Police and prosecutors in the UK are losing sensitive evidence because it is still being shared on computer discs. The HM Crown Prosecution Service Inspectorate and HM Inspectorate of Constabulary said there was a ‘widespread issue’ misplacing discs containing sensitive evidence and information. Here to comment on this news are security experts from Ipswitch and QA.
Michael Hack, SVP of EMEA operations, Ipswitch:
“The way that files are shared and moved is absolutely key in securing the data in transit. A disc with data on it key is as easy to lose as a purse or a set of keys. An unencrypted disc with personal and sensitive witness data on it is more than careless, it is negligent.
“Under new proposed EU data protection law (GDPR) fines for this kind of breach are set to increase drastically for private sector organisations to up to 4% of global turnover. However, it’s currently unclear how public sector organisations like the CPS will be affected. The draft bill says that national governments will have the freedom to decide whether fines can be issued to public bodies in their country should those bodies breach the GDPR.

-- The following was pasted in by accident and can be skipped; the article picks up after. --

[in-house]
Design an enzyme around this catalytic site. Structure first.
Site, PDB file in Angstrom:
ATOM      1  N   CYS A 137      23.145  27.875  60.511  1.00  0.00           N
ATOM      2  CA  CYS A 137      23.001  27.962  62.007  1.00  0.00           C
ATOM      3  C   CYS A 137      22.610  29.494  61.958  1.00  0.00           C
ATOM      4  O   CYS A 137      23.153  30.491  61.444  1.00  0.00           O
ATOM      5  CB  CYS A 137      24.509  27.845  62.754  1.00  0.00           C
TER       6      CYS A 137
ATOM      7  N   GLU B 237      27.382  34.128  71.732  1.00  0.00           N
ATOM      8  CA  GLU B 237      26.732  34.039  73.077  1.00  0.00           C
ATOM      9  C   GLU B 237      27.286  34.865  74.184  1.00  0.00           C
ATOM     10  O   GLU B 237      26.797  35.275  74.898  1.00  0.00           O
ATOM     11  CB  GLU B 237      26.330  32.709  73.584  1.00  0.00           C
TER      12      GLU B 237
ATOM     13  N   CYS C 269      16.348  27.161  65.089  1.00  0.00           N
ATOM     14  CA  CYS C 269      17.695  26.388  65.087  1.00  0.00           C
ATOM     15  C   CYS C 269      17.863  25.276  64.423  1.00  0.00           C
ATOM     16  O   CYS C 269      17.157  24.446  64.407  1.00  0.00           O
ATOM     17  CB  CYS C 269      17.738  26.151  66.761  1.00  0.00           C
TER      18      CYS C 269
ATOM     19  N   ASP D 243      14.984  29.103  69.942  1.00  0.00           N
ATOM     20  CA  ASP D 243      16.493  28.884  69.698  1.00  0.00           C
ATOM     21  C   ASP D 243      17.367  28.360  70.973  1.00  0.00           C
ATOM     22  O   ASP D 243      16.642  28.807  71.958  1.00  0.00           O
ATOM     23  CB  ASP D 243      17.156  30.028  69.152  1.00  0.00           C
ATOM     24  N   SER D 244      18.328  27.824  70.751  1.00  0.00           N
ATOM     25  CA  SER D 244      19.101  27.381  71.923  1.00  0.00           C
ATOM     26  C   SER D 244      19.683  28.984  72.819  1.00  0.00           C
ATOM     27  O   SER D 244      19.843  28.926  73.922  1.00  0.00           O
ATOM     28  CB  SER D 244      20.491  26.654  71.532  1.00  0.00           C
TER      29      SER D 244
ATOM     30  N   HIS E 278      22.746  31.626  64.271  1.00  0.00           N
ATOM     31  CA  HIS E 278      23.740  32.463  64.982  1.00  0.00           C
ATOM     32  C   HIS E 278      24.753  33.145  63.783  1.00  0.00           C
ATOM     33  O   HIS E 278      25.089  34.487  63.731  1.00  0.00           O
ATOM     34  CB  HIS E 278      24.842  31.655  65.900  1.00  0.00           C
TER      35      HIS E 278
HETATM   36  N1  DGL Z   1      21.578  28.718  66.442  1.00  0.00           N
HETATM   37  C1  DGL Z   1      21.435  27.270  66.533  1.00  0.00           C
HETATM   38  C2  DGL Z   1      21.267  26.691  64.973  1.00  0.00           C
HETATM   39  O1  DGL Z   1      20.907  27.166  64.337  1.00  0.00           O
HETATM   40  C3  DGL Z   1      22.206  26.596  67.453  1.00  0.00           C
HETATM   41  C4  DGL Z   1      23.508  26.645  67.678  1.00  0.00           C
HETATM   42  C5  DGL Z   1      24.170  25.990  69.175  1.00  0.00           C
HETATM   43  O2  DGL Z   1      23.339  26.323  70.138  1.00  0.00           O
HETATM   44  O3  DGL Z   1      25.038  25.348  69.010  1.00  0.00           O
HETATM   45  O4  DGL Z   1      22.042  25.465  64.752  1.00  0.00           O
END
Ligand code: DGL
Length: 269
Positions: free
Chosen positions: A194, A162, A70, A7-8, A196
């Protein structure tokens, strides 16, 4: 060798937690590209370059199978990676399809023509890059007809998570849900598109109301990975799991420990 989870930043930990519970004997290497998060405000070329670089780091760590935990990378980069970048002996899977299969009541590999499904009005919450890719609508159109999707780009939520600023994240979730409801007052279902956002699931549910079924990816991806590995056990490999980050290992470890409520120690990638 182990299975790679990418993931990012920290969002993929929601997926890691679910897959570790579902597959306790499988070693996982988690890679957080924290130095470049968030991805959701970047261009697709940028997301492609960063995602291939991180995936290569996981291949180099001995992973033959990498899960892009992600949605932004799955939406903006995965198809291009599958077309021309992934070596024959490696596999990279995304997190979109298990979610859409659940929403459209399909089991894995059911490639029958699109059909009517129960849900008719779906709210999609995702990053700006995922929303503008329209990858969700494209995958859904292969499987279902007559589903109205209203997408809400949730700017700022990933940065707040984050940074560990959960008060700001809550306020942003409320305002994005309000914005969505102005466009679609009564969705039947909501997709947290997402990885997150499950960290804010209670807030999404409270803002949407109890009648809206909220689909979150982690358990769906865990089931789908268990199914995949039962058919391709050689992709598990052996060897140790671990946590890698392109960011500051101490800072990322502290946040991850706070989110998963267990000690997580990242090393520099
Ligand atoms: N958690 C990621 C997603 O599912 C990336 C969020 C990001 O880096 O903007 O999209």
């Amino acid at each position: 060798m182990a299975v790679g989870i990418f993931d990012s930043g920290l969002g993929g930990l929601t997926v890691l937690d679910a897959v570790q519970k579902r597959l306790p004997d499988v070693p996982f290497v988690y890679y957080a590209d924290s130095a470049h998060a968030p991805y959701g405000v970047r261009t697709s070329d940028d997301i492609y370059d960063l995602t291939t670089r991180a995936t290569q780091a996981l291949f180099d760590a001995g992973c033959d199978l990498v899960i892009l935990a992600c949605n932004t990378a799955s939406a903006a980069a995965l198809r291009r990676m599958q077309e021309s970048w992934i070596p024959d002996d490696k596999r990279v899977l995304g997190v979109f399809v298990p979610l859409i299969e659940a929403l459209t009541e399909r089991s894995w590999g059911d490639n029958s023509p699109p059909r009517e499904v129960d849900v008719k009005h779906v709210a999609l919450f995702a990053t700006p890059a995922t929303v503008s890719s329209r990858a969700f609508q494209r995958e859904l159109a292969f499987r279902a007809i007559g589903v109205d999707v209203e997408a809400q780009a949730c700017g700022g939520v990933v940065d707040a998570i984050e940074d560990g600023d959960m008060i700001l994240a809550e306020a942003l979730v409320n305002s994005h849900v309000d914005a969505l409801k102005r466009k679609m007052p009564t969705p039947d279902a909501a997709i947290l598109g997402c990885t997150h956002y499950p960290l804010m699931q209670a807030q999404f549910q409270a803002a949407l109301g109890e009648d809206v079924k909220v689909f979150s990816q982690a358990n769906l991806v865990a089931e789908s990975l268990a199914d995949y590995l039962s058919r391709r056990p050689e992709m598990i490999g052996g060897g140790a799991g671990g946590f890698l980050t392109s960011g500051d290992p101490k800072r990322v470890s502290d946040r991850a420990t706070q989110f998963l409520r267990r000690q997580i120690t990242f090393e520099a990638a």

“Public and private sector organisations can’t take chances when it comes to IT security and must make sure critical information is kept safe. By automating, managing and controlling all file transfers from a central point of control, employees are able to easily send and share files using IT approved methods. The IT department also gains complete control over activity. It’s no longer good enough just to have the right policies in place for secure data transfer, an organisation must ensure it has the right file transfer technologies, security systems, processes, and most importantly, staff training.”
Richard Beck, Head of Cyber Security at QA:
“According to the latest QA cyber security survey, human error is the second largest concern (19%) for IT decision makers this year, with ‘compromise through employees’ and ‘employee negligence’ both featuring in the top five threats.
“Organisations can try and limit the impact by increasing staff awareness of cyber threats. With a fifth of those surveyed acknowledging that the biggest threat to security next year is likely to be human error, educating staff on how to detect and deter common threats like social engineering or phishing attacks could prove invaluable in helping defend an organisation.”